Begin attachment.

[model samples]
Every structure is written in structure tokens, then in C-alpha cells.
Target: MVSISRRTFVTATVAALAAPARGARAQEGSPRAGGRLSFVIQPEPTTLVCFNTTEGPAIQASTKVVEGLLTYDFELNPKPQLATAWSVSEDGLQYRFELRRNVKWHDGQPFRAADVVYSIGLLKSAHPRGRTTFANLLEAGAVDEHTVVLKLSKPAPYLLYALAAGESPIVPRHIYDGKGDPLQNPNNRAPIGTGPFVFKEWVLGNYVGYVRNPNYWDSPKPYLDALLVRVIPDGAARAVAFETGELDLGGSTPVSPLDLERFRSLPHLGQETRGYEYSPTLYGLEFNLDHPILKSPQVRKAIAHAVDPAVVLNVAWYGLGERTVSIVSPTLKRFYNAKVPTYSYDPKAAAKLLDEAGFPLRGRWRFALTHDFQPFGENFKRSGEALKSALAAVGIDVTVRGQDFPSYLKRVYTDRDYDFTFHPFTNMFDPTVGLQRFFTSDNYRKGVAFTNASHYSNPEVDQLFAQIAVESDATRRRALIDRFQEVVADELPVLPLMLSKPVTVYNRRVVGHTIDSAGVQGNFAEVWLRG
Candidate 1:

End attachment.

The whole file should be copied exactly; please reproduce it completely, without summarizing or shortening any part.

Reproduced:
[model samples]
Every structure is written in structure tokens, then in C-alpha cells.
Target: MVSISRRTFVTATVAALAAPARGARAQEGSPRAGGRLSFVIQPEPTTLVCFNTTEGPAIQASTKVVEGLLTYDFELNPKPQLATAWSVSEDGLQYRFELRRNVKWHDGQPFRAADVVYSIGLLKSAHPRGRTTFANLLEAGAVDEHTVVLKLSKPAPYLLYALAAGESPIVPRHIYDGKGDPLQNPNNRAPIGTGPFVFKEWVLGNYVGYVRNPNYWDSPKPYLDALLVRVIPDGAARAVAFETGELDLGGSTPVSPLDLERFRSLPHLGQETRGYEYSPTLYGLEFNLDHPILKSPQVRKAIAHAVDPAVVLNVAWYGLGERTVSIVSPTLKRFYNAKVPTYSYDPKAAAKLLDEAGFPLRGRWRFALTHDFQPFGENFKRSGEALKSALAAVGIDVTVRGQDFPSYLKRVYTDRDYDFTFHPFTNMFDPTVGLQRFFTSDNYRKGVAFTNASHYSNPEVDQLFAQIAVESDATRRRALIDRFQEVVADELPVLPLMLSKPVTVYNRRVVGHTIDSAGVQGNFAEVWLRG
Candidate 1: